Alternatively, a host of other items can be used and give you a pretty similar outcome – though not quite the same level of adhesion to the ski/core.  Hot glue or even bathroom caulk can be subbed out, but as I love geeking out in the garage and wanted a bit stronger of a bond I opted for the epoxy route.

Step 3b:
If your plan is to reuse the same mounting holes pull out your fiberglass or steel wool and mix a little into the holes that have been filled with epoxy. You’re trying to add a little additional stiffness and integrity to the plugs in this case.

Step 4:
You’re done! Set your skis aside to dry and assume the victory pose.



How to: ghetto fab delam/edge separation fix

Ever picked up a pair of Gotamas for cheap at an REI used gear sale and didn’t initially notice they had a delam/edge separation issue near a compressed edge. Well, if so, this ghetto fab how-to is for you.

Today’s target:

Pic of part of the area to be fixed

Pic of part of the area to be fixed

Materials needed:

  • Slow cure epoxy (marine epoxy preferred as it’s more pliable when cured, however any slow cure can get the job done)
  • Clamps
  • Mixing dish/paper cup or slice of cardboard
  • Couple little doohickeys and whatnots to help spread the epoxy into the area in question
  • Latex gloves
  • Beer (the beer is of the utmost importance as you’ll see below.
  • Two pieces of wood to use on top/bottom of area to be fixed to help spread force of clamp evenly (not seen in this pic)
  • Materials for fix

    Materials for fix

    Step 1: Put on flip flops. This is important as you’ll be more relaxed and Zen-like, becoming one with the blown ski.

    Faux-leather not recommended

    Faux-leather not recommended

    Step 2:
    Mix epoxy in your cup. No photos taken of this step as it’s pretty obvious, but keep mixing it until the epoxy and hardener can no longer be distinguished from one another.

    Step 3:
    Wedge area to be fixed open slightly with a thin object. Flathead screwdriver or a putty knife work well. Once area is wedged open fill with epoxy, trying to spread around inside the damaged area. The goal here is to maximize epoxy to core surface area so that you’re getting the best adhesion possible. Depending on the type of epoxy you are using you can heat it slightly to thin it out a bit so that it fills in the area better.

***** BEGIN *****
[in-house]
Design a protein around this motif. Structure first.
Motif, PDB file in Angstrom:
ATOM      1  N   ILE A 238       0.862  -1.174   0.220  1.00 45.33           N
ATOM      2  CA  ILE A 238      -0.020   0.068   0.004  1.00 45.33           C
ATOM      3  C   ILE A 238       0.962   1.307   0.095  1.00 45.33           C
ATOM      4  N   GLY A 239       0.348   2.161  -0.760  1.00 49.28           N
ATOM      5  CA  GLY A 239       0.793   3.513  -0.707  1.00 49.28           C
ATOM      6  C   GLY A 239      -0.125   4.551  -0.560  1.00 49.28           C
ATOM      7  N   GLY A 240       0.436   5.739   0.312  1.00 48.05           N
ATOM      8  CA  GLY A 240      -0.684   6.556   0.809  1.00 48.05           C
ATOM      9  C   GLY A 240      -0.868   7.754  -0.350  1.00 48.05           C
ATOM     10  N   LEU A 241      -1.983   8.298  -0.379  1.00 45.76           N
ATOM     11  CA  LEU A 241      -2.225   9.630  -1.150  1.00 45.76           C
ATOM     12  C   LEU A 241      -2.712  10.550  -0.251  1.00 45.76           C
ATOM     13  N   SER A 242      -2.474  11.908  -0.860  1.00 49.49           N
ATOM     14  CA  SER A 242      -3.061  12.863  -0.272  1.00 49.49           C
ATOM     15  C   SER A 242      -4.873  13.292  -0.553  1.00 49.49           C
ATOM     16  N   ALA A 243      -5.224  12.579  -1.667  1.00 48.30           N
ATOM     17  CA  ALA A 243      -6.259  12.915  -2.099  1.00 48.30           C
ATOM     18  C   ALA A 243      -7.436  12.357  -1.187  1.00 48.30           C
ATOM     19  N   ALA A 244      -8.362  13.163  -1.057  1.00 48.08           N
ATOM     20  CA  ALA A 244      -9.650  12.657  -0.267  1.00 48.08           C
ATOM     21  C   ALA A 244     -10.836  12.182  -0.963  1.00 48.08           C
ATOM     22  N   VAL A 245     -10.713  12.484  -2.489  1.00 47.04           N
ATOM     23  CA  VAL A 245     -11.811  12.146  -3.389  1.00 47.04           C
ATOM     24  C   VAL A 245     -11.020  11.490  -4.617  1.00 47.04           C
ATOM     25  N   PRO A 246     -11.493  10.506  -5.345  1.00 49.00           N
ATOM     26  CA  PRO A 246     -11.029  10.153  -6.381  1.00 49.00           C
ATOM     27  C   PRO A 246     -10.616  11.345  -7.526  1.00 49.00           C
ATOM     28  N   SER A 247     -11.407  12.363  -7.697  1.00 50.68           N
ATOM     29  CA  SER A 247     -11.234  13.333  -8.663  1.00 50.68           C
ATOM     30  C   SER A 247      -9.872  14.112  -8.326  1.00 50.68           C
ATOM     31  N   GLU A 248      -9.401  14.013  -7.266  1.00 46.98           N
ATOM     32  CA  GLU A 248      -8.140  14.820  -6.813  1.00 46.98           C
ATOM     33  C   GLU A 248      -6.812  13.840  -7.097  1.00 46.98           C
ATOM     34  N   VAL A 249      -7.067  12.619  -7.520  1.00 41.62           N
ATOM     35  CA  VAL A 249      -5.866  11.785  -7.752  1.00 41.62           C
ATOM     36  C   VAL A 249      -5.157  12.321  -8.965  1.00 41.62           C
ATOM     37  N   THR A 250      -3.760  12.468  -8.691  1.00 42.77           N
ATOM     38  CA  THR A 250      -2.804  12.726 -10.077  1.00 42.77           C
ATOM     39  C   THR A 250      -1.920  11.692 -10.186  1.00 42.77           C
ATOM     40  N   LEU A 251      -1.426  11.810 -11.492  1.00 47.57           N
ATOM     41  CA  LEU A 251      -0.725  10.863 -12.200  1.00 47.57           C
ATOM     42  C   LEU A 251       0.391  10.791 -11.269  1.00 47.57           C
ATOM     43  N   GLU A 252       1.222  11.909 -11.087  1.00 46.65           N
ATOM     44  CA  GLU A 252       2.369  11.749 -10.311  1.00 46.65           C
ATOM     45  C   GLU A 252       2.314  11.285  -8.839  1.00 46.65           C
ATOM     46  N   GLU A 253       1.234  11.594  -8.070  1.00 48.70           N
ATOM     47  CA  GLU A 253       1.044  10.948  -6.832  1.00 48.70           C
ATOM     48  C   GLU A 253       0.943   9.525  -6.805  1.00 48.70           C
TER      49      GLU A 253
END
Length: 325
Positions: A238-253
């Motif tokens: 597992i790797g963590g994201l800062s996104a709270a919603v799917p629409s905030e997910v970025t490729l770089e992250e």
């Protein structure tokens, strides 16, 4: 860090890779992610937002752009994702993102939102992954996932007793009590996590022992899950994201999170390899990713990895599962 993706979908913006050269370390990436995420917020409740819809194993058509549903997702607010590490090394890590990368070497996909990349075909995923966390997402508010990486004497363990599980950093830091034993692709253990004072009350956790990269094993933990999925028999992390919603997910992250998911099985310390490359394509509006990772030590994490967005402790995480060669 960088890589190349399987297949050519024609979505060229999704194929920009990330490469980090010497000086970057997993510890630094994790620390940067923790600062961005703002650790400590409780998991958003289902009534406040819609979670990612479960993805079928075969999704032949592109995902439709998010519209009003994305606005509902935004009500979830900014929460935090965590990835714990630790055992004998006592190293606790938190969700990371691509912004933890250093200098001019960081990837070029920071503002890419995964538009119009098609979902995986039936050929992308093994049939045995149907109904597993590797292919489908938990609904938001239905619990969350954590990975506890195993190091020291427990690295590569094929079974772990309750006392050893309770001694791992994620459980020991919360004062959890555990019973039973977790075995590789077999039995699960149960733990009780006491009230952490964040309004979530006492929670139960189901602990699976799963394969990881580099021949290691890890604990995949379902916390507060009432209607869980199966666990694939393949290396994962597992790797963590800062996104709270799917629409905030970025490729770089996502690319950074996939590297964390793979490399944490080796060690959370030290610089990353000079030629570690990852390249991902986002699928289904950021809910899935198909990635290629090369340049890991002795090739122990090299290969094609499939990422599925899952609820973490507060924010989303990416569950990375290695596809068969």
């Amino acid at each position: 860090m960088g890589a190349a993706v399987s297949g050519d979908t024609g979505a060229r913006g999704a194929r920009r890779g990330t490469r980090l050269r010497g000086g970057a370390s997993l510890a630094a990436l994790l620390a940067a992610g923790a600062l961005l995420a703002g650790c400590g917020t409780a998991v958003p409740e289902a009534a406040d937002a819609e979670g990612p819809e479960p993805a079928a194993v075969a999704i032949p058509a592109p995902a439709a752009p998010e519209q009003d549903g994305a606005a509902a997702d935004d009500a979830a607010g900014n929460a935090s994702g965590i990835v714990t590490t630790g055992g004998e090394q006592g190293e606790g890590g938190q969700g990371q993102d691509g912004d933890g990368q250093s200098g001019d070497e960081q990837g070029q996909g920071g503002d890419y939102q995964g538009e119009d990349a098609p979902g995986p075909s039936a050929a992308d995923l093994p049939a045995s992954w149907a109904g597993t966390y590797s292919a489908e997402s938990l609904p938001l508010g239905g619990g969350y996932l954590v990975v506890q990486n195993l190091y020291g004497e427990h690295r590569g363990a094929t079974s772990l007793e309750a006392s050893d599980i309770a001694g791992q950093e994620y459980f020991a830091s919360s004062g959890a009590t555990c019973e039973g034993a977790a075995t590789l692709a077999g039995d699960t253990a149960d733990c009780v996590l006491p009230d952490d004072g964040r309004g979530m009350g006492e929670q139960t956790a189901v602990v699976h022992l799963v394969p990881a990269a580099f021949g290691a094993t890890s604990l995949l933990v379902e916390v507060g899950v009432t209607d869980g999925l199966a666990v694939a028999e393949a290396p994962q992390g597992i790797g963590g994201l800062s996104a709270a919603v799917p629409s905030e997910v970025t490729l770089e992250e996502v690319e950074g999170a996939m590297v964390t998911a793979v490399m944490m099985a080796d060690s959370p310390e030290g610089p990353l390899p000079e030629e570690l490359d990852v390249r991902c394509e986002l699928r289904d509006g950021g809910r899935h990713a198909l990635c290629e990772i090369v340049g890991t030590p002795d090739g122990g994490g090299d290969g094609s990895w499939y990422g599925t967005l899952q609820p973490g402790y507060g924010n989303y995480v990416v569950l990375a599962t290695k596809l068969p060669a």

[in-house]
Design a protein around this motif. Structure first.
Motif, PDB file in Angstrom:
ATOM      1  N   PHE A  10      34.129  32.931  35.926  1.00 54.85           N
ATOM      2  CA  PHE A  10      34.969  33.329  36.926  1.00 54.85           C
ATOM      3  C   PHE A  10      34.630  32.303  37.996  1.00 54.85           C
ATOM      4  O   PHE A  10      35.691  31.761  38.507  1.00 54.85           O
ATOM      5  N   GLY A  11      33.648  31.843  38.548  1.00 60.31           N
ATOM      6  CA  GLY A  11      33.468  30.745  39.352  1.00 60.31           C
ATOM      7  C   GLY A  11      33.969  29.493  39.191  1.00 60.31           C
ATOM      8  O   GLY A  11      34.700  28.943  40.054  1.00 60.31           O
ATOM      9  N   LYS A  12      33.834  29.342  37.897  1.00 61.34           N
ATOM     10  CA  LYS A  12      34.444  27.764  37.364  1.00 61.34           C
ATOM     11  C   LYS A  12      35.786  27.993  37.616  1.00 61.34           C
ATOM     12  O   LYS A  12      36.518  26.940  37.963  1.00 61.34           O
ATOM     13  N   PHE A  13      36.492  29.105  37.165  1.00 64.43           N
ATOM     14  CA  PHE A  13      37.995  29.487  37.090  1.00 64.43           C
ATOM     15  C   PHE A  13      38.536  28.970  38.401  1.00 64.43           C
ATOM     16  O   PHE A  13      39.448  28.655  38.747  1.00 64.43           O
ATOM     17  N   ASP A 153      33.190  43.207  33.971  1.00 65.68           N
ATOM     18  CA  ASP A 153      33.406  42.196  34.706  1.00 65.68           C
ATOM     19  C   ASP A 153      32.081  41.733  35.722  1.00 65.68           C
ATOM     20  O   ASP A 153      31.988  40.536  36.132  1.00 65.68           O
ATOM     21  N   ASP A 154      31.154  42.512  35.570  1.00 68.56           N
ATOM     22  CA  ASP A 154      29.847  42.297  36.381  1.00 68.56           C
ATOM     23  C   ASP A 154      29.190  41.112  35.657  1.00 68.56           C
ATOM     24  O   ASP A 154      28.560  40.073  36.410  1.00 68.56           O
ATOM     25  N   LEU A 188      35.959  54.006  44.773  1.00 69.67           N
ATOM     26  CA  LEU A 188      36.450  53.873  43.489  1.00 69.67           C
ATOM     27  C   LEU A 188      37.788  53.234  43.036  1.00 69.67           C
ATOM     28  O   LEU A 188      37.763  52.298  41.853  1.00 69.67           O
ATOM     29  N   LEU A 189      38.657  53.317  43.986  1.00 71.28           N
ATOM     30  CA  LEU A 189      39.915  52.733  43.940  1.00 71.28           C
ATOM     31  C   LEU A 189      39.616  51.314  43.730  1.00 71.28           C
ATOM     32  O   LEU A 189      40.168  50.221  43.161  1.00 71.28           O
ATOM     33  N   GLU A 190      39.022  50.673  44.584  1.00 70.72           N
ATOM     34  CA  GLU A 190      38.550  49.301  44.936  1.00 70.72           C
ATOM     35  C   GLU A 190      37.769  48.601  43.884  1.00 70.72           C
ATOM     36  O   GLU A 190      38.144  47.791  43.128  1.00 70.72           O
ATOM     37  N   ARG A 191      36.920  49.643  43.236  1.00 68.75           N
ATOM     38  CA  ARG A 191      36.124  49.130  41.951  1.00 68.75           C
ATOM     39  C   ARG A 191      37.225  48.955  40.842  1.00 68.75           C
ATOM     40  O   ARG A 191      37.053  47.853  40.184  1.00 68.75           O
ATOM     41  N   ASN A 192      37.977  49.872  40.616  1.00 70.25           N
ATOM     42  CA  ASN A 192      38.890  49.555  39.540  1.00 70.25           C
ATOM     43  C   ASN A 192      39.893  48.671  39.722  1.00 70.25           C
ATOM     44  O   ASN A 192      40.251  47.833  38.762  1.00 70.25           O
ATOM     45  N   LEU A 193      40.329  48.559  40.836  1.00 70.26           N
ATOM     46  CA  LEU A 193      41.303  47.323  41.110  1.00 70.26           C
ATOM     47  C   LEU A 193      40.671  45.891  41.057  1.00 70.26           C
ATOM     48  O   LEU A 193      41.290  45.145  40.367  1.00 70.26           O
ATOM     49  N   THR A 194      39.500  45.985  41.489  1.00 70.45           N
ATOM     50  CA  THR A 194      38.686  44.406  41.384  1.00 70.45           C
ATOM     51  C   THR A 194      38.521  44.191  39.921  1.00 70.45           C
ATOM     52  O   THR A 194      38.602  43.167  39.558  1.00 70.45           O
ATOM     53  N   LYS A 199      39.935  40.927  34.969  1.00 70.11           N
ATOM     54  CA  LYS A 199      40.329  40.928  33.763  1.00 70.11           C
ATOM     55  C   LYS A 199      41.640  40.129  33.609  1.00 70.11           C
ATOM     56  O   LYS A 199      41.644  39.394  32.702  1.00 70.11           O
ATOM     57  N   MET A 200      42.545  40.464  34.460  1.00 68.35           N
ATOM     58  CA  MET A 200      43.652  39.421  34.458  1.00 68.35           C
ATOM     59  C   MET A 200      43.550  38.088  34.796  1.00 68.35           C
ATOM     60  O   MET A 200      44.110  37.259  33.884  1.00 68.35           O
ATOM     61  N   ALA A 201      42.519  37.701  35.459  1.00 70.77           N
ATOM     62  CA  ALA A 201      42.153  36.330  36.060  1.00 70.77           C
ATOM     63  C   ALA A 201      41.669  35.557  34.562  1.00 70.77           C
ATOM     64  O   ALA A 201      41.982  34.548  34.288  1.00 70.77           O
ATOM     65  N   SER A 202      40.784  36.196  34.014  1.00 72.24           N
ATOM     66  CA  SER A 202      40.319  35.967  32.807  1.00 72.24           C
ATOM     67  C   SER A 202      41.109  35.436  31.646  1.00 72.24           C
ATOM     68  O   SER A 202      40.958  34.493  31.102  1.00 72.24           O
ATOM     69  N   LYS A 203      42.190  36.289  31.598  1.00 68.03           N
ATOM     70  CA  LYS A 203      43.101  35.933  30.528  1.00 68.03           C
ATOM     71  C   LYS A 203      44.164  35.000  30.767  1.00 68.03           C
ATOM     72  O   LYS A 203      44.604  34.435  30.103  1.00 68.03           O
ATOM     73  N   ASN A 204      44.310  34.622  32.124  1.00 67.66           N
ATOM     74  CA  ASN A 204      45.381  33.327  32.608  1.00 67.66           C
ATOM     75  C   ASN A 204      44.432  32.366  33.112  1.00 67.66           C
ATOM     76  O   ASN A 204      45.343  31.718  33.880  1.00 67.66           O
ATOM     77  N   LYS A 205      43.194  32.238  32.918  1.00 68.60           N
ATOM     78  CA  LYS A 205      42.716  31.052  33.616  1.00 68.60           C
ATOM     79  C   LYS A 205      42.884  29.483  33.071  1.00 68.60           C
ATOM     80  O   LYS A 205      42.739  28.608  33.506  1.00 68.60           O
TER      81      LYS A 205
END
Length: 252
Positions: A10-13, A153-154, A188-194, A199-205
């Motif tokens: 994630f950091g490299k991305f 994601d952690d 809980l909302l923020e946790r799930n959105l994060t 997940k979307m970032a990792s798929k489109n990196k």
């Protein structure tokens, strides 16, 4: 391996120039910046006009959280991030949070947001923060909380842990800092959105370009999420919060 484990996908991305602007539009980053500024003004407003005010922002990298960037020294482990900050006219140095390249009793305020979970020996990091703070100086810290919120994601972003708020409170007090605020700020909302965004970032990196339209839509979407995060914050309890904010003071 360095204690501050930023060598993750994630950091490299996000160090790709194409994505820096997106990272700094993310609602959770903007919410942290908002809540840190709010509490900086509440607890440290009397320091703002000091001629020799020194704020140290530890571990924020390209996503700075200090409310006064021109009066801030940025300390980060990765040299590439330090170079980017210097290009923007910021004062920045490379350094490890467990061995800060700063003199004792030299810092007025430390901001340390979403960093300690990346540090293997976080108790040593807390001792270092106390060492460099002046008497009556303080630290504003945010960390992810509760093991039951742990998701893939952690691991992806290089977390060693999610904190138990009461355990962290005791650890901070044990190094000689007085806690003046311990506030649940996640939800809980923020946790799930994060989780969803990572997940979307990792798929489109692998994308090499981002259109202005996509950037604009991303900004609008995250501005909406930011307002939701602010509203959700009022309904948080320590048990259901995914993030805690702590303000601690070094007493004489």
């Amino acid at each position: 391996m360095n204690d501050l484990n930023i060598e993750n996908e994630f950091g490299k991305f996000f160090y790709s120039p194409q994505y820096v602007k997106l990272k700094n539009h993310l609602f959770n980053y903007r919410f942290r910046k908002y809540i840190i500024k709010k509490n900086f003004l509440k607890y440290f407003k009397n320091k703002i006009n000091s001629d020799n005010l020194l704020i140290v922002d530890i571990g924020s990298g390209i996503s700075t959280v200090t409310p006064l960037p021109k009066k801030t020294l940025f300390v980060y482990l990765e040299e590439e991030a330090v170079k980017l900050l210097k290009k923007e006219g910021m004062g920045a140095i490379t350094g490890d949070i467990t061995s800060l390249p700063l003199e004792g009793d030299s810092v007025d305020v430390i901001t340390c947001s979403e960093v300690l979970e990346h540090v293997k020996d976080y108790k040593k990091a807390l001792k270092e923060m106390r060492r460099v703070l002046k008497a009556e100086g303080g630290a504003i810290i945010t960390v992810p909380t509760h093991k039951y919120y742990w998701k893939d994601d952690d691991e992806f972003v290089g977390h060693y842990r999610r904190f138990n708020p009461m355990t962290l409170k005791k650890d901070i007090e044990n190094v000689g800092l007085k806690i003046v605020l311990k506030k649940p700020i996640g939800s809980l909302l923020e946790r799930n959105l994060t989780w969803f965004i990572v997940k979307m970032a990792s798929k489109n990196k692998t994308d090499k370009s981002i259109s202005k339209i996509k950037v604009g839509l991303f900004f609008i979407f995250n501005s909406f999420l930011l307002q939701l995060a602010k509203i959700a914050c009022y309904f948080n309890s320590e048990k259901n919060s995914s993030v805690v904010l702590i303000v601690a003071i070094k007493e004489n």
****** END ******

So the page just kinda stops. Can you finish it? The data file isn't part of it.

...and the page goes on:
Spread epoxy inside the damaged area

    Spread epoxy inside the damaged area

    Step 4:
    Put a piece of wood on the top/bottom of the area to be fixed and clamp down. You’ll notice that epoxy will squirt out of the fix. I recommended wiping that epoxy up as best you can so that those wood blocks aren’t attached to your skis once the epoxy cures. You can also wax the areas you don’t want epoxy to stick to ahead of time, but in my case I was trying to crank through (never a good thing, take your time if you can!) the fix as I had to make it to an appointment. Step 4 is also where the beer comes into play. If you just noticed that your area to be fixed is LARGER than you first thought and now have to revert to step 1 again stop cursing a take a sip of your beer and hum a little Bob Marley to relax. The beer also comes in handy when you notice you somehow managed to get epoxy on the eye cup for your camera.

    Wait...did I just notice another area to be fixed?

    Wait...did I just notice another area to be fixed?

    Open mouth, insert beer, problem solved

    More delam no cry....everything

    Now you just let your clamped skis/snowboard sit overnight undisturbed while the epoxy cures. Tomorrow undo clamps, mount up, bring to local hill and have fun. If your edge is compressed, as mine is, you may want to consider making that edge your outside edge.